I took Taku to the opera to see The Flying Dutchman. “I don’t like Wagner,” he says. “You don’t know Wagner,” I says, “Keep an open mind.” By which I meant, of course, you’ve got to know them very well to love them, so let’s get started.
You don’t have to work all that hard to get Taku into the Opera House. He loves gold leaf and plush seats and the very thought of theatre. And he has sung along with Maria Callas since he was barely out of his teens. Besides, I bought us season tickets.
So we went to The Flying Dutchman. Both of us had run through the opera in preparation. I had bought the libretto as well as the CDs and spent an evening alone being carried away by this glorious sound. I was primed and ready. Taku was hesitant, but willing.
We sat side by side and saw the stage from Row A of the balcony. A nice clean view of the entire stage. But it became clear as we walked down the stairs after the two and a half hours without intermission, that we had had two distinctly different experiences. To wit,
Version 1 (Alan’s partial recall)
What minimalist staging. Glad I was warned. A recounting of a legend. Yes. That opening sailor music - yo ho heave ho. That’s how the English hear it, those people who brought you cock-a-doodle-do. Ei ukh nem, go the Russians, juchhe, the Germans. Why does it all sound so hokey? Obviously somebody’s notion of what a romantic sailor in a nice clean sailor suit ought to be singing. Oh happy happy sailor life. Not.
I digress. Let’s review the plot here. One of those deals with the devil. Like Faust and Mephistopheles, only this time the Devil didn’t play fair. There’s this Dutch seaman who once made the mistake of shouting to the Heavens, “I’m going to get this fucking ship around this goddam Cape of Good Hope if I have to sell my soul to the Devil.” Now we aren’t surprised, because we know our legends and the workings of old Beelzebub, that The Devil immediately accepted the offer. So now Dutch rides around at sea for seven years at a time, through the centuries, and there is no rest. A cruel and unusual punishment for a careless moment of passion.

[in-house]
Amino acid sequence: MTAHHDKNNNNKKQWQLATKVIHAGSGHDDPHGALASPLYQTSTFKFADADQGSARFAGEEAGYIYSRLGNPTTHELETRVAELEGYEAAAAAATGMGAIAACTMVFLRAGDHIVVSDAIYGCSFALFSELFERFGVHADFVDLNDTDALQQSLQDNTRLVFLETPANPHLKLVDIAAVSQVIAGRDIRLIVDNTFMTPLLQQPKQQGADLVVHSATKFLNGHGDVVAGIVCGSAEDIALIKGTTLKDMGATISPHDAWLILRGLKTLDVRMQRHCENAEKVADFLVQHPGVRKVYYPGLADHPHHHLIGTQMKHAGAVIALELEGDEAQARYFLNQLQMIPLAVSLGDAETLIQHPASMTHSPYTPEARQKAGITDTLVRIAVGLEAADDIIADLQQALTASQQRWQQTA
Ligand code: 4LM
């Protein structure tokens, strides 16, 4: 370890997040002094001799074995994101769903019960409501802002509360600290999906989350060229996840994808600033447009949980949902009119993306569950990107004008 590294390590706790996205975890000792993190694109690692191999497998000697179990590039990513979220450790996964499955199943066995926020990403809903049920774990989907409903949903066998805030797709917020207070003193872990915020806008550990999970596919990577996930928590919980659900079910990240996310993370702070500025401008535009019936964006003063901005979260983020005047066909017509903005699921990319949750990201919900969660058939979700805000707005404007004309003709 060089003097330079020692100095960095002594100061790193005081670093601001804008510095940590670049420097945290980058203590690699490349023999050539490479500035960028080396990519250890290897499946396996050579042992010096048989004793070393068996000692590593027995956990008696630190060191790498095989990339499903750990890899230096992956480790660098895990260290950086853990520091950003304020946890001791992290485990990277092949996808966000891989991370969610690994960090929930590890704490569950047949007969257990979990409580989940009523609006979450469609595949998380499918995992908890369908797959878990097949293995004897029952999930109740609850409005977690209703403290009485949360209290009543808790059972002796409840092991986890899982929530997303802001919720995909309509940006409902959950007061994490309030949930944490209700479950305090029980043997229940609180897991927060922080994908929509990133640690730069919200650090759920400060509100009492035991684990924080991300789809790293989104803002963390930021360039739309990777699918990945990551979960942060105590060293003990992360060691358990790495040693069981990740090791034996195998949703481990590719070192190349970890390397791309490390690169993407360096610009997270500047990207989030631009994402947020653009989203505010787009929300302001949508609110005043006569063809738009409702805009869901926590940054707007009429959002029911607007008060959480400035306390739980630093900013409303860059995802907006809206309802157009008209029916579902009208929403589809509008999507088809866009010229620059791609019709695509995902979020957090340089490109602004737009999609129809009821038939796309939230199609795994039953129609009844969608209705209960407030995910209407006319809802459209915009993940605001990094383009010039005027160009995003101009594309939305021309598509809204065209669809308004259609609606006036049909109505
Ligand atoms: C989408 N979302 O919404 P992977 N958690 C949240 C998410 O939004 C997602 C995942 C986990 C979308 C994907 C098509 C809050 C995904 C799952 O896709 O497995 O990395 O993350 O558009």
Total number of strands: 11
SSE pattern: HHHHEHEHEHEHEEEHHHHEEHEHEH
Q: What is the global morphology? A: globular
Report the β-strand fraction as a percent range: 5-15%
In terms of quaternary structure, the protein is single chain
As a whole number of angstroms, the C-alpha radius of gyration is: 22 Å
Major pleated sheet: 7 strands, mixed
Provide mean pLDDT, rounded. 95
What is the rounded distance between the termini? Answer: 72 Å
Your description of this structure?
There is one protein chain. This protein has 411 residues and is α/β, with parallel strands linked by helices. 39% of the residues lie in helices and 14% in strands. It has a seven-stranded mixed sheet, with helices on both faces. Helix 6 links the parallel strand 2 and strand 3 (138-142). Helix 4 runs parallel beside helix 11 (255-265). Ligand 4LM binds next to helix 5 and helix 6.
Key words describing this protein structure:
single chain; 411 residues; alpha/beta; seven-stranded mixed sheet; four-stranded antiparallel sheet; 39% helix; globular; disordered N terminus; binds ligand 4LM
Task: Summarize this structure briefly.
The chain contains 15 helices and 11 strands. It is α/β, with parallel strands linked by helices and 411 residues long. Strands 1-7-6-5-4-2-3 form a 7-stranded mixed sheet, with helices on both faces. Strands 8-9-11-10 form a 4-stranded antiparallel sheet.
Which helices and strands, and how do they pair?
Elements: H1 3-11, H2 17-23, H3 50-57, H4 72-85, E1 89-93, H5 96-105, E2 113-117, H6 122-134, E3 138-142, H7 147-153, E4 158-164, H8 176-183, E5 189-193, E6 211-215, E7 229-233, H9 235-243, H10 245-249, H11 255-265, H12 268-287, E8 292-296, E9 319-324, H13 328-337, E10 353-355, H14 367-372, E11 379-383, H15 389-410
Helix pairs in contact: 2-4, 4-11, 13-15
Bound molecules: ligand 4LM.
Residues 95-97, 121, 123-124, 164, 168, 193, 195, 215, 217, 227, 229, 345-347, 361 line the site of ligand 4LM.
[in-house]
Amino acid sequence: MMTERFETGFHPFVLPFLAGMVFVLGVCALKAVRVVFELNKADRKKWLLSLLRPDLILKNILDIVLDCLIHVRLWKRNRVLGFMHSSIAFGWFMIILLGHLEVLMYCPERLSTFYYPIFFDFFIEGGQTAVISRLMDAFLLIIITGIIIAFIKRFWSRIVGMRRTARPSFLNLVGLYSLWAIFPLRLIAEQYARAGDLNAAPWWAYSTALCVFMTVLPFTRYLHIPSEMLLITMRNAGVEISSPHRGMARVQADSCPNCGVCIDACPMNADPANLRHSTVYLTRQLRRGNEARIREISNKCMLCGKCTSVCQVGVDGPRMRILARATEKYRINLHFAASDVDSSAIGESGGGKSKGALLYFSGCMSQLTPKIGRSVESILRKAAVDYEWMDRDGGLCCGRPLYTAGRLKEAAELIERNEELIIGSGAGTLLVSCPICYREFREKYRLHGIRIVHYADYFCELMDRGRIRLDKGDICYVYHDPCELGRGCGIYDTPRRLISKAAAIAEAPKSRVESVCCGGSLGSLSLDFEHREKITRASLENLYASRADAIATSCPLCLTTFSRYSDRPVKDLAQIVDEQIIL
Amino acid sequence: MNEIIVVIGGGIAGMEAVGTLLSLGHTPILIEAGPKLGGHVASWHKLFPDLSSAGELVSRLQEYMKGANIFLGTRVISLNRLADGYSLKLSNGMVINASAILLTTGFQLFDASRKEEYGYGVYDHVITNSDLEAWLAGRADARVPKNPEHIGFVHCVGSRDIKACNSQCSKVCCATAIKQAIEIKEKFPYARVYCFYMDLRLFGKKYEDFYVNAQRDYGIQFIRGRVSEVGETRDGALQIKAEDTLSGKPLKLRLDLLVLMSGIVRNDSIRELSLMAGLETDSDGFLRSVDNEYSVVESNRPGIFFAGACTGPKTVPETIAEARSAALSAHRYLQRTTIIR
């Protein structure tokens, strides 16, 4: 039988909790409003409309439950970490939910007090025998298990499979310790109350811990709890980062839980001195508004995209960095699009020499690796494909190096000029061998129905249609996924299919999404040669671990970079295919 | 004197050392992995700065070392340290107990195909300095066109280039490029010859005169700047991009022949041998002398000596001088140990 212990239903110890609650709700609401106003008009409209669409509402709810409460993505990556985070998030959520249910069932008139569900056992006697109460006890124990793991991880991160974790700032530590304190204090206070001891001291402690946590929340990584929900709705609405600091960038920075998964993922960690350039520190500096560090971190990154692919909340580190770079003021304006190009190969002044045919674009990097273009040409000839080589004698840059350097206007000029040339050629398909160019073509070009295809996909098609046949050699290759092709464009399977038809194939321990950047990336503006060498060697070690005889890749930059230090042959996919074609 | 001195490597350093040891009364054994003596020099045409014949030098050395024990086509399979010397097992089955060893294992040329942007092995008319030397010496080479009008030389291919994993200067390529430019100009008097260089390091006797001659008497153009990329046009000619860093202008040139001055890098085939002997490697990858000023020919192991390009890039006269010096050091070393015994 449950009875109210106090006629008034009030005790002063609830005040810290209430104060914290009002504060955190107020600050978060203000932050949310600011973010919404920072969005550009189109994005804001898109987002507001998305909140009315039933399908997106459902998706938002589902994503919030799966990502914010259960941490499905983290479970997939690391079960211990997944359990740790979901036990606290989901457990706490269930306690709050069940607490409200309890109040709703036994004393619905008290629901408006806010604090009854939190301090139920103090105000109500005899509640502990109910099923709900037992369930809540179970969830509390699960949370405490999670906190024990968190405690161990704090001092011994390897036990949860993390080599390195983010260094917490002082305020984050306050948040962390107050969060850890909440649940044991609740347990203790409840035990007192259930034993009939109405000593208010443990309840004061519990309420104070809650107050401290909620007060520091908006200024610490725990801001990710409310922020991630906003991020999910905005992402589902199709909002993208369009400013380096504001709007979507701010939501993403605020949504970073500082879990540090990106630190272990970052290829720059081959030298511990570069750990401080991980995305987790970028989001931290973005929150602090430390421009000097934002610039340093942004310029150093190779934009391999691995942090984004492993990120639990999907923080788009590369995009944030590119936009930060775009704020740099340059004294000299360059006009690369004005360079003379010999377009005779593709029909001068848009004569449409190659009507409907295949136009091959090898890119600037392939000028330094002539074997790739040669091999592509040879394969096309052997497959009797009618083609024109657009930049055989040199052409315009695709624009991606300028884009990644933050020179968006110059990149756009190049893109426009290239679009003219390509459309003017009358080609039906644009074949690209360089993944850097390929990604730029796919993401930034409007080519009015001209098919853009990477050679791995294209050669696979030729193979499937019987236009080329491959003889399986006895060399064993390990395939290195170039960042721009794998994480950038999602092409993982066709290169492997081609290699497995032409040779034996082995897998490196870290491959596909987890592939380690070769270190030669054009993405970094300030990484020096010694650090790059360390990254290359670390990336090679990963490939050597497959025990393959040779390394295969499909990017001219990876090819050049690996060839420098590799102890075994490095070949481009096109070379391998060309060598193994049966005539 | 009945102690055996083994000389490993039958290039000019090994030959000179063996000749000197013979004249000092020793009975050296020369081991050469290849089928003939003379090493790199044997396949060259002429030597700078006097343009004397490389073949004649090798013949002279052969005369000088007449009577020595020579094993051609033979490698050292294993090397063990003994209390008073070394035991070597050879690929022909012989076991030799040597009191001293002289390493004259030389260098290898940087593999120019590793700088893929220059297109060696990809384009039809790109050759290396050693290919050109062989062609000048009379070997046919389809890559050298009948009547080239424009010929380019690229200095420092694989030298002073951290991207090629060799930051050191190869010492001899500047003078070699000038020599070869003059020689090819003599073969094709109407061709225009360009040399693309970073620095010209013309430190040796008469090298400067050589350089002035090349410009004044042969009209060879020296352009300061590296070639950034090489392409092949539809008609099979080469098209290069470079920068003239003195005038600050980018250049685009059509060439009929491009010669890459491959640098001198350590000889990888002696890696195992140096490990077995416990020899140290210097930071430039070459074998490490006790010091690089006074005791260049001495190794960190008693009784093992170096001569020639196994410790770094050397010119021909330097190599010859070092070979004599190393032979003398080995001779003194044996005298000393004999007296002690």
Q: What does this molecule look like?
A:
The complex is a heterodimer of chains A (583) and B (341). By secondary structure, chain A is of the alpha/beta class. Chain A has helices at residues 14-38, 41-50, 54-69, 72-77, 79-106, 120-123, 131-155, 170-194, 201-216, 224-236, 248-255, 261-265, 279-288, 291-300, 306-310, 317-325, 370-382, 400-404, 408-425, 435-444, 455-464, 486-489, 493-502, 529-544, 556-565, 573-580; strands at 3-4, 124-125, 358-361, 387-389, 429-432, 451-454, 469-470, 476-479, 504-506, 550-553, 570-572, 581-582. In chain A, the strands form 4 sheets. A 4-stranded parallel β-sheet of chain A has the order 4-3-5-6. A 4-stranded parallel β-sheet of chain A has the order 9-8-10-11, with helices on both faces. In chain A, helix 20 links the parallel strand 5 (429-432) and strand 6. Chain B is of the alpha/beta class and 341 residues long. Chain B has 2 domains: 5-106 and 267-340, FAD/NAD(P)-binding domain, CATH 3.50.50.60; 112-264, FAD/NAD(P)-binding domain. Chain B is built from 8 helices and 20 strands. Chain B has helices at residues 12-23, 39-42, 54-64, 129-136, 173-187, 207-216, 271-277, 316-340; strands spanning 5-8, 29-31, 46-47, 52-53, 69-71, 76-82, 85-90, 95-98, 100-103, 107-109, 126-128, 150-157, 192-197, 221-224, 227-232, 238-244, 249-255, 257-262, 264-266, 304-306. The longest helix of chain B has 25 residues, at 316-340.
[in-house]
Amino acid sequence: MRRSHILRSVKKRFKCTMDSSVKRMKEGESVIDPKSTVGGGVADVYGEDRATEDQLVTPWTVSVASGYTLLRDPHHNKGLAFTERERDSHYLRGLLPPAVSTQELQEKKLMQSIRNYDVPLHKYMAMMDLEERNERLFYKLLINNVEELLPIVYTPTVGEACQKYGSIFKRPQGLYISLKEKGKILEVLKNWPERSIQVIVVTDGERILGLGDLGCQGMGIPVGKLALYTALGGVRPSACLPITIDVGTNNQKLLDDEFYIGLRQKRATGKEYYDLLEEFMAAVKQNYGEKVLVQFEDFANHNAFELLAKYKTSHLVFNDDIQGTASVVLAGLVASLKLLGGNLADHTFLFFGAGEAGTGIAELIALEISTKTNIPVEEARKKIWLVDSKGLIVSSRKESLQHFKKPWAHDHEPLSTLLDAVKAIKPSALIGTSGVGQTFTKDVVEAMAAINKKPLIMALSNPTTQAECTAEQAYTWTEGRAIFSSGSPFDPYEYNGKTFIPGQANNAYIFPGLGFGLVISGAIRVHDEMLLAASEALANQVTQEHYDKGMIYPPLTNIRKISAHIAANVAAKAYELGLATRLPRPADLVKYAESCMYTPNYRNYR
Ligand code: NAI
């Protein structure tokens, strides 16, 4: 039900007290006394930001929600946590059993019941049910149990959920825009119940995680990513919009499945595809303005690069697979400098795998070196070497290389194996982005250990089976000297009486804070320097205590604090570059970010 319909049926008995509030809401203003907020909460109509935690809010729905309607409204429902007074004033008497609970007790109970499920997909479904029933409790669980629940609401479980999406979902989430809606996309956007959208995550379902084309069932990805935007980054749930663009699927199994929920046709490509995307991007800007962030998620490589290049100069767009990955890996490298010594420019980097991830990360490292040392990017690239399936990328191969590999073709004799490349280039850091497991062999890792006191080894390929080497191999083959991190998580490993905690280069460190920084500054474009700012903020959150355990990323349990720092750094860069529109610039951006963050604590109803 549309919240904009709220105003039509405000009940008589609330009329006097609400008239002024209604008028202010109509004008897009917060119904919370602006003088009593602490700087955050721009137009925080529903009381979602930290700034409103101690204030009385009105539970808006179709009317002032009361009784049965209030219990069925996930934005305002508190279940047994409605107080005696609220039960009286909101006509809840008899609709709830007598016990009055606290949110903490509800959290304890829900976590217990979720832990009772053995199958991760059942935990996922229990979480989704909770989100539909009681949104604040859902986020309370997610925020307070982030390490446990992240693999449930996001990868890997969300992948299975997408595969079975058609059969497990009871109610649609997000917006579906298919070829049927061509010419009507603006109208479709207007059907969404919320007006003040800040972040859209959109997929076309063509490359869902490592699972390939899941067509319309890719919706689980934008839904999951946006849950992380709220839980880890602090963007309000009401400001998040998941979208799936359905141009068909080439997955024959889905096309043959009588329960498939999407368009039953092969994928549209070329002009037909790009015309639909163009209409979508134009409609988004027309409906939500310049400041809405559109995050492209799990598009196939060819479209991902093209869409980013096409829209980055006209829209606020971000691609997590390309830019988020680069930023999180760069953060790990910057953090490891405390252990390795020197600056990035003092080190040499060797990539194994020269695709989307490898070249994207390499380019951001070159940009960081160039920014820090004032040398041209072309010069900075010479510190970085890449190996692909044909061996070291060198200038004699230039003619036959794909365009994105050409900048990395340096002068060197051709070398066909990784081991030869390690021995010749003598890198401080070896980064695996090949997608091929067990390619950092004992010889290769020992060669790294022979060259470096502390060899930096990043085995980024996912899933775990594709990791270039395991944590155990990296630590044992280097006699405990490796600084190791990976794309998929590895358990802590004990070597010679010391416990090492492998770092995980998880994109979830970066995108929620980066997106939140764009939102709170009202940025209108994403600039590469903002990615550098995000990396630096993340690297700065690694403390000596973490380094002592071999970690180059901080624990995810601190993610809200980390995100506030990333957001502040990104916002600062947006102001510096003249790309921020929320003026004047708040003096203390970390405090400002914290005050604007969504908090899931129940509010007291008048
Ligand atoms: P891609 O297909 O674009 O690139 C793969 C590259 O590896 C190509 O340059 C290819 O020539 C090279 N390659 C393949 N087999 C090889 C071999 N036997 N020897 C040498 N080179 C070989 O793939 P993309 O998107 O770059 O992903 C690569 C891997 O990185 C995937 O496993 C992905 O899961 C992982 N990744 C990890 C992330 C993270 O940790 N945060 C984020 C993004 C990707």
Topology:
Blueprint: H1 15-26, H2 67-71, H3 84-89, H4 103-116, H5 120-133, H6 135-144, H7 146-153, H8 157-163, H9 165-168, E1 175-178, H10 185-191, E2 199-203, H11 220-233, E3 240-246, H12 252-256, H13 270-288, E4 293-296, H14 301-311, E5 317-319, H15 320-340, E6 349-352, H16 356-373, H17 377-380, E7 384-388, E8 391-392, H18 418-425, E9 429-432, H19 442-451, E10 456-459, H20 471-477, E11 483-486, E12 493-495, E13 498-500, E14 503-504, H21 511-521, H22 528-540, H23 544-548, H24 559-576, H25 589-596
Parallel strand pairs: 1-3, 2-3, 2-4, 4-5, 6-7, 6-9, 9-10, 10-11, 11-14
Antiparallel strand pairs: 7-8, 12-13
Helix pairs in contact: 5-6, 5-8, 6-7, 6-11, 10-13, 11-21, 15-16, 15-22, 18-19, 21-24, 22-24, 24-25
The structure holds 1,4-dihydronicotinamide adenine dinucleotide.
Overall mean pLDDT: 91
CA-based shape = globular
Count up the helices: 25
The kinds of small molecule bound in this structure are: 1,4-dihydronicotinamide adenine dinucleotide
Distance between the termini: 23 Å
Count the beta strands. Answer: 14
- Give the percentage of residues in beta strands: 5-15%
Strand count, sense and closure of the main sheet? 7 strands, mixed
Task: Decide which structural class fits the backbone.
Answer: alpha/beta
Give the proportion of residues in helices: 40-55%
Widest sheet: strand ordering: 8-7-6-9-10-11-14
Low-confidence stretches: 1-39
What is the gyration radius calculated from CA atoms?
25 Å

Now either Old Lucifer is fair after all, or he’s a fallen god who likes to play with his victims –you’ll take the latter view if you are grounded in Western Civilization, of course, but he leaves this poor Hollander a way out of his dilemma. Once every seven years, he (the Devil) will let him (the Dutchman) land and look for a woman who will be “true to him till Death.” If he can find him a sacrificial virgin in one of his seven-year rest stops, he’s free. (This is Norway, not Chichen Itza, so women have to want to throw themselves into volcanos; otherwise the principle’s the same.)
Well guess what. It’s that time. And here he is in Sarvik - how’s that for a piece of trivia, the name of the fjord where the action in Dutchman begins. We don’t see the ships, but the entire stage becomes red and we’re to understand (because we’ve done our homework) that means the Dutchman’s ship with the red sails has just pulled in. Come to think of it, I also happen to know that the masts were black. I understand the red sails, it symbolizes blood and that scares the bejeezuz out of everybody he encounters, but why the black masts? Been reading Stendahl, have you Richy? Glides in so silently during the night up next to Daland’s boat that the Steuermann (who appears to be in castrato training, his voice is so high) on watch doesn’t hear a thing.
Now, as luck would have it, Daland has a daughter who dotes on him. This comes as no surprise, because otherwise we wouldn’t have a story.